THE KOKODA TRAIL (TRACK)

The other old hand, the driving force, was Captain Herbert Kienzle, CBE, MBE (Military), MID, gold miner and planter in the Yodda Valley not far from Kokoda. Mobilized, like all other able-bodied whites in the Territory, Kienzle was incorporated into Angau with the initial rank of  Warrant Officer. In late June 1942, he was chosen to take charge of native labourers on the line of communication being established between Ilolo (end point of a vehicular road from Port Moresby) and Kokoda.

On 3 July Kienzle assembled at Ilolo some six hundred natives of whom he wrote:
“[They were] very sullen and unhappy. Conditions in the labour camp were bad and many cases of illness were noted. Desertions were frequently being reported. The medical side was in the capable hands of Captain Vernon, AAMC. I commenced reorganizing and allotting labour to various jobs. One of the first tasks was to erect quickly sufficient clean, dry buildings to house the labour adequately. Plenty of native material close at hand enabled this to be done rapidly. The consideration shown and an address to the natives had the effect of bringing about a better understanding and appreciation of the task ahead.”

After beginning road construction at Ilolo (it was planned to build a road across the mountains!), Kienzle was given the task of guiding B Company to Kokoda. On 6 July he set out for Uberi, the first staging point along what was to become known as the ‘Kokoda Track’ (The term’ Kokoda Trail’ was coined by an American journalist in Port Moresby and was widely used in newspaper accounts of the Owen Stanleys Campaign. But, for the troops, the ‘Trail’ was the ‘Track’), to organize shelters and carriers for the mountain crossing.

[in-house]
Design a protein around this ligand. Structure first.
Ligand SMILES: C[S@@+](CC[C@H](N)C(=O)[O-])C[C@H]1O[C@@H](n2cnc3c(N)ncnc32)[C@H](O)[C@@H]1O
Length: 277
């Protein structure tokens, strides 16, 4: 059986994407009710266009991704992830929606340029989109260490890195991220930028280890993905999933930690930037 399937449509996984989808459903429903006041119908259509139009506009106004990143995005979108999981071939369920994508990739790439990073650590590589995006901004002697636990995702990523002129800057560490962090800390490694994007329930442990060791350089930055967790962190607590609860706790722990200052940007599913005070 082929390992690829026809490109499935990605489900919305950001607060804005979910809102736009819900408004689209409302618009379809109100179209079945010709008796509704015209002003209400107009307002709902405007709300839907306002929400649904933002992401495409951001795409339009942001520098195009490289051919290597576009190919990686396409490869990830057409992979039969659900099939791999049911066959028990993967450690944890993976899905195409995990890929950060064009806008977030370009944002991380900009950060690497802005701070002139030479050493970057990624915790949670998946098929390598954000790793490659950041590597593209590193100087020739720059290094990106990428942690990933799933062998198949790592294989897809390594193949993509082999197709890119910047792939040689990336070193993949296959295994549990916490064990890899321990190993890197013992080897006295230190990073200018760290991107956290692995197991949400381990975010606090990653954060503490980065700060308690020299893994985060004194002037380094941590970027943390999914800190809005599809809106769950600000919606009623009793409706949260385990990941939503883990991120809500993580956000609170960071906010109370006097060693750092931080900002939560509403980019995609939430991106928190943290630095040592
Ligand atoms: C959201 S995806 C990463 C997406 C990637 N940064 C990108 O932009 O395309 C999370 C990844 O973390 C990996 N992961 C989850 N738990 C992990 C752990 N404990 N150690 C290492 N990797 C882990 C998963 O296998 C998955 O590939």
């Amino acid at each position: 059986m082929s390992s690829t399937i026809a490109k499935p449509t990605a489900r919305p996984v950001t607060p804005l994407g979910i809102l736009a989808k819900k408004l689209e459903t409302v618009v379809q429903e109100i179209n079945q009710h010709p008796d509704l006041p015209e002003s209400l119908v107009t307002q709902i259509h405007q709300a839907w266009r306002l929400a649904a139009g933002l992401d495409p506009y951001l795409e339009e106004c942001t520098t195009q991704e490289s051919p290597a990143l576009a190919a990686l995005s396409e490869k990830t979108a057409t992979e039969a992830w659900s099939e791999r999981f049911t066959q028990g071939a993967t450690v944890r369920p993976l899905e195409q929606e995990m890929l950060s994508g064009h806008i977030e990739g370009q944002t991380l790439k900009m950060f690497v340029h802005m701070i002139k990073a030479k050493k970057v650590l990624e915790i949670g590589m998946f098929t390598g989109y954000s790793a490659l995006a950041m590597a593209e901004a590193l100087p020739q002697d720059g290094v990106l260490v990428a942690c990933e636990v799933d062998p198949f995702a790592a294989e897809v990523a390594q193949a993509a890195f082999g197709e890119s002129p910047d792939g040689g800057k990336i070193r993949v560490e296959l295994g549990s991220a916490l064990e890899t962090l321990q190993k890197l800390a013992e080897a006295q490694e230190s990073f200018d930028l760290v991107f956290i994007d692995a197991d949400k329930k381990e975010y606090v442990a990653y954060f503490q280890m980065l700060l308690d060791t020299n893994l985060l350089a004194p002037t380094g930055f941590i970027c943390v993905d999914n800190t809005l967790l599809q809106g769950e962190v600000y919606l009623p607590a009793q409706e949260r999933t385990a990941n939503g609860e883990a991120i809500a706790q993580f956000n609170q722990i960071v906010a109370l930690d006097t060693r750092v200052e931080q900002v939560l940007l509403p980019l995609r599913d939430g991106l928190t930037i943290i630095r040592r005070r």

Until this time the ‘Kokoda Track’ had been simply a native pad considered passable only by natives or by patrol officers carrying little or no burden. It climbed mountains as high as 7000 feet, clung to the sides of gorges, descended precipitously to cross swift flowing torrents on moss covered stones or fallen trees, and then rose steeply again to traverse dankly dripping rain forests.

Similarly, Kienzle organized staging points at loribaiwa, Nauro, Efogi, Kagi, Eora Creek and Deniki, often enlisting the aid of local natives. B Company crossed the mountains under better conditions than those surmounted by the thousands of Australians who were to follow them, but even with natives to carry their packs the trek was exhausting. On 19th July C Company moved up to Ilolo while unknown to the Allied Command an invasion force of Japanese sailed from Rabaul towards Buna with the intention of crossing the Owen Stanley Ranges and capturing Port Moresby.

The heroic battles fought by members of the 39th Battalion are now well documented and need not be reported in detail on this page although there are references to recommended reading to be found on this website.  Suffice it to say that thanks to the efforts of the 39th Battalion. and those troops who followed them, Kokoda now rates with Gallipolli as one of the definitive points in Australian history.  The battle weary and ill clad troops, who came to be known as Those Ragged Bloody Heroes, who are shown here on parade at Menari have earned their right to the gratitude of all freedom loving Australians.  They laid the foundations which resulted in the victory of The Battle For Australia. 

Lest we Forget

For further information visit the following website:    http://www.anzacday.org.au/history/ww2/bfa/kokoda.html